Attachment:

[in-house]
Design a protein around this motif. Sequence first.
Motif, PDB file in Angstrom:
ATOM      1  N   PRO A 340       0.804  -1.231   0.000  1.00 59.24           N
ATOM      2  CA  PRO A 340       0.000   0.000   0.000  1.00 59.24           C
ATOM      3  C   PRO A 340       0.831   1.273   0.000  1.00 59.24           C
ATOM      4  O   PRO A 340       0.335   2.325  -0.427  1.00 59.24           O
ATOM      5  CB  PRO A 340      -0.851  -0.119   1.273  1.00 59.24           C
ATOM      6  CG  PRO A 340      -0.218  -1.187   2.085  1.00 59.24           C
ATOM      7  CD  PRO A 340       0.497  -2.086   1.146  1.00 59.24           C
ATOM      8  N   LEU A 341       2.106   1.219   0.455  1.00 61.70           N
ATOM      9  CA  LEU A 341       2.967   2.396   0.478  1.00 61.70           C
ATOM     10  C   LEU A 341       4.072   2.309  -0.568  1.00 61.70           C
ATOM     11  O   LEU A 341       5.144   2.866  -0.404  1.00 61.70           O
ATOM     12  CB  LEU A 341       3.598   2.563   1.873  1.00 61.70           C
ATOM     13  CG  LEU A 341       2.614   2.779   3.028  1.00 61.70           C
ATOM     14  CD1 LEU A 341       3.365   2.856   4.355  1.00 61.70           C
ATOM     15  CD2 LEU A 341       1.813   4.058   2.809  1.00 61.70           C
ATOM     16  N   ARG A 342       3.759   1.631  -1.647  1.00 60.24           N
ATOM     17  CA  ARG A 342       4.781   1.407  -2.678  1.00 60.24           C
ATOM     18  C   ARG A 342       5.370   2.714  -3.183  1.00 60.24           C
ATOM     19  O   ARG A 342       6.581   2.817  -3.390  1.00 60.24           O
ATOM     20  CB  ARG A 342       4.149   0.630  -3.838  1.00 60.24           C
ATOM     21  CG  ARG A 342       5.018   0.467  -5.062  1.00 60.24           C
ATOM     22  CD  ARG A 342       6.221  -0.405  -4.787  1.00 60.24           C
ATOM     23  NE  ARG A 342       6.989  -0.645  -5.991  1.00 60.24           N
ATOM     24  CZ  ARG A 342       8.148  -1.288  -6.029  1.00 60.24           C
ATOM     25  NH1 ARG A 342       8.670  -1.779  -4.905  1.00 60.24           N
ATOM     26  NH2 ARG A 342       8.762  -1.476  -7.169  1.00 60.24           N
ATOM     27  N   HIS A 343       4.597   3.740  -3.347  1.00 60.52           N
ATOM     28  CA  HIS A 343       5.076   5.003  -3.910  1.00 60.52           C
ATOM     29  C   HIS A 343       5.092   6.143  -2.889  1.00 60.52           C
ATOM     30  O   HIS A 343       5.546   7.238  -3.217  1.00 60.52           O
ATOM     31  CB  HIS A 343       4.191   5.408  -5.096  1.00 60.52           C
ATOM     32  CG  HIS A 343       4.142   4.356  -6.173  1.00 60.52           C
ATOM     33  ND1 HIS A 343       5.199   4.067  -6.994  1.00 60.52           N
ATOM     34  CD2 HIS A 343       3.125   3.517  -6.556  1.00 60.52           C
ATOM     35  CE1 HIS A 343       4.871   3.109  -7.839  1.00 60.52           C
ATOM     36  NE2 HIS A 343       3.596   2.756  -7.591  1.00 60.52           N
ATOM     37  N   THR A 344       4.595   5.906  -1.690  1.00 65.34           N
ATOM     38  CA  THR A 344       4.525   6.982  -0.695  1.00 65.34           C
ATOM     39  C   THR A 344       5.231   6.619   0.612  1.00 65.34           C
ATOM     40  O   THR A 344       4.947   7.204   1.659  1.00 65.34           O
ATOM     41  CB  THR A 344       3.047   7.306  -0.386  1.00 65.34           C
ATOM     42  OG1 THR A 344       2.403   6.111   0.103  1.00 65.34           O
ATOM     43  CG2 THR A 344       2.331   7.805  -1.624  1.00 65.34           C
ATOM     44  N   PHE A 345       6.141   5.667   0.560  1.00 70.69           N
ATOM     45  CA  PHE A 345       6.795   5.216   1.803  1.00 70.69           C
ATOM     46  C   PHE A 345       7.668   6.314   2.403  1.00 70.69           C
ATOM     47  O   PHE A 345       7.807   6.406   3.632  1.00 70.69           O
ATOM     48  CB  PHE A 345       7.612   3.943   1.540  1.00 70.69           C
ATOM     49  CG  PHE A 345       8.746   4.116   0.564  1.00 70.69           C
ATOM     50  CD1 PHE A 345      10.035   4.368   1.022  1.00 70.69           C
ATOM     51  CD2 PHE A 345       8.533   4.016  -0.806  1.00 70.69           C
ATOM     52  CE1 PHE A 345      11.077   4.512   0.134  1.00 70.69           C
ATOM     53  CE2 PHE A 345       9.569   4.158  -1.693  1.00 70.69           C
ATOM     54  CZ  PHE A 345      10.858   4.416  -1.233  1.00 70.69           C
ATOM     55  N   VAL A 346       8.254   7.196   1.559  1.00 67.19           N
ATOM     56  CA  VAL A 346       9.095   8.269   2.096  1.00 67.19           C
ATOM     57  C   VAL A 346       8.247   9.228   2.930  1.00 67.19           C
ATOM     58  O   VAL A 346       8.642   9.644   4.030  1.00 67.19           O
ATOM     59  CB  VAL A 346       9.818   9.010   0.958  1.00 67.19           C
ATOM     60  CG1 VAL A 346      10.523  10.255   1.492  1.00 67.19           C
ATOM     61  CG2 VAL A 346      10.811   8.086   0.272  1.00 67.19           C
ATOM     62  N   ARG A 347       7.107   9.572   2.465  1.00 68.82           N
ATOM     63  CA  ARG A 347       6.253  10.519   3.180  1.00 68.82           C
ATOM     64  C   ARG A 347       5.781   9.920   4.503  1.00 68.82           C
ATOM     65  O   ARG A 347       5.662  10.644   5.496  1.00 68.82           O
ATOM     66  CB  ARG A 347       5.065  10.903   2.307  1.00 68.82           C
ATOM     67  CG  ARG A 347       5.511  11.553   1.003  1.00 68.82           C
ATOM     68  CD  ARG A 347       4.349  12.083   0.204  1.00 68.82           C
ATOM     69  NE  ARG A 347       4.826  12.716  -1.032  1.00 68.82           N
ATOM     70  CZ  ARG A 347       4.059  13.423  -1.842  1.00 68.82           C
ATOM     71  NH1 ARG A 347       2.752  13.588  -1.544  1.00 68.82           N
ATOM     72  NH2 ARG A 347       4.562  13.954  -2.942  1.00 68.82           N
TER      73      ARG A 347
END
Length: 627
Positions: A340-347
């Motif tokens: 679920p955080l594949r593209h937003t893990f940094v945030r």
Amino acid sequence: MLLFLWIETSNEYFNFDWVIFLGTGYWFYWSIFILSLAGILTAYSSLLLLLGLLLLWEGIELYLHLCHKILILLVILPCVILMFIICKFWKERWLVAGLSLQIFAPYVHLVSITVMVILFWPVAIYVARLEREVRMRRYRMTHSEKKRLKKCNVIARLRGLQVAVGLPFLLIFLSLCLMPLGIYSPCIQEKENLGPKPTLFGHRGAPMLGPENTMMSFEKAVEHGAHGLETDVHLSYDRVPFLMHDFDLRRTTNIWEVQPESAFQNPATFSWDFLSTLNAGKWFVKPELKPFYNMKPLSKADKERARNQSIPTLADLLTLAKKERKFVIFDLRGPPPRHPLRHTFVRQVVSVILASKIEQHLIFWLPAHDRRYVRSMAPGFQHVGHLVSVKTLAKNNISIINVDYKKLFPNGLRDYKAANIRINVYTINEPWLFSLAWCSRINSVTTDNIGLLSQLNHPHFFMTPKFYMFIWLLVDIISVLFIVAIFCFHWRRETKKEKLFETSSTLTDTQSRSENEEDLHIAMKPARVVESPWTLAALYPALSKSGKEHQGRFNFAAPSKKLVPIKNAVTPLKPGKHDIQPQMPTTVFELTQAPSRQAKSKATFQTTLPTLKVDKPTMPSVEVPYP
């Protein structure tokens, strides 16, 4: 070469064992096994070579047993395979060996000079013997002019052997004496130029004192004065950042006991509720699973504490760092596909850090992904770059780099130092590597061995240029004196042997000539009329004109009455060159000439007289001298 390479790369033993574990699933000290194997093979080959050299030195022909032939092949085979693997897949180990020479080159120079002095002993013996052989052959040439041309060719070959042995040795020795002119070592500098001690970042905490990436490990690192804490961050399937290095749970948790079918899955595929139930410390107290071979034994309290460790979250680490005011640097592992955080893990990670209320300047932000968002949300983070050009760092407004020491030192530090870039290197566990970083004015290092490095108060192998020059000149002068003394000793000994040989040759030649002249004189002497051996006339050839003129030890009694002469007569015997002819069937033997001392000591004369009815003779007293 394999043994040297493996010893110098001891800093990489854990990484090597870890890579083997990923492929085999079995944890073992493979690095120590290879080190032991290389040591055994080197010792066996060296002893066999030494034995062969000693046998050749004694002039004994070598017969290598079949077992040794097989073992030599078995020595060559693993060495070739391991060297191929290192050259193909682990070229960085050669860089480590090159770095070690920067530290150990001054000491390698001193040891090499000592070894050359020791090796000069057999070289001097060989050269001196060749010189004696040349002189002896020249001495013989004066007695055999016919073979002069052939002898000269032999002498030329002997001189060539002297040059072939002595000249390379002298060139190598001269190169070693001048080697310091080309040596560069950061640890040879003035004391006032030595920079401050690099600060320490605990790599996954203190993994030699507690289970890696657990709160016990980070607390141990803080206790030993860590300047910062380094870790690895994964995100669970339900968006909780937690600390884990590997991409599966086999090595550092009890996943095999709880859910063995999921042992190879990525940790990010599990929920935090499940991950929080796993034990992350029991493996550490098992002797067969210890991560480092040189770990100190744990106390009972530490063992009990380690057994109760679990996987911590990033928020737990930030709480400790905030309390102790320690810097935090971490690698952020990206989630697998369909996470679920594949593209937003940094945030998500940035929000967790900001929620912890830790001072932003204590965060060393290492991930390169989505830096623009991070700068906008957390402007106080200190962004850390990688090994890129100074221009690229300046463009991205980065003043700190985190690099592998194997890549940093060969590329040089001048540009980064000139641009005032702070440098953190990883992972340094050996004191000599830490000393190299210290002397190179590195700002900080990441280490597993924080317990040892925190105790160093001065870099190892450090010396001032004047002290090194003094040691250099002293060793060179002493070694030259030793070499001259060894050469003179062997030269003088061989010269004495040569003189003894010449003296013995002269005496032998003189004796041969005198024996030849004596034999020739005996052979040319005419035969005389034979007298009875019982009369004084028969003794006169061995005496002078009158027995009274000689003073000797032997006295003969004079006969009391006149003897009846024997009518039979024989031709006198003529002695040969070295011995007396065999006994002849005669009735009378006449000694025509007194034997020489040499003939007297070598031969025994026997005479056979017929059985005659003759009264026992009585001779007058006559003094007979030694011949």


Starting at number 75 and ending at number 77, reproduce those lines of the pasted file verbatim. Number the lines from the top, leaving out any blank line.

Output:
ATOM     72  NH2 ARG A 347       4.562  13.954  -2.942  1.00 68.82           N
TER      73      ARG A 347
END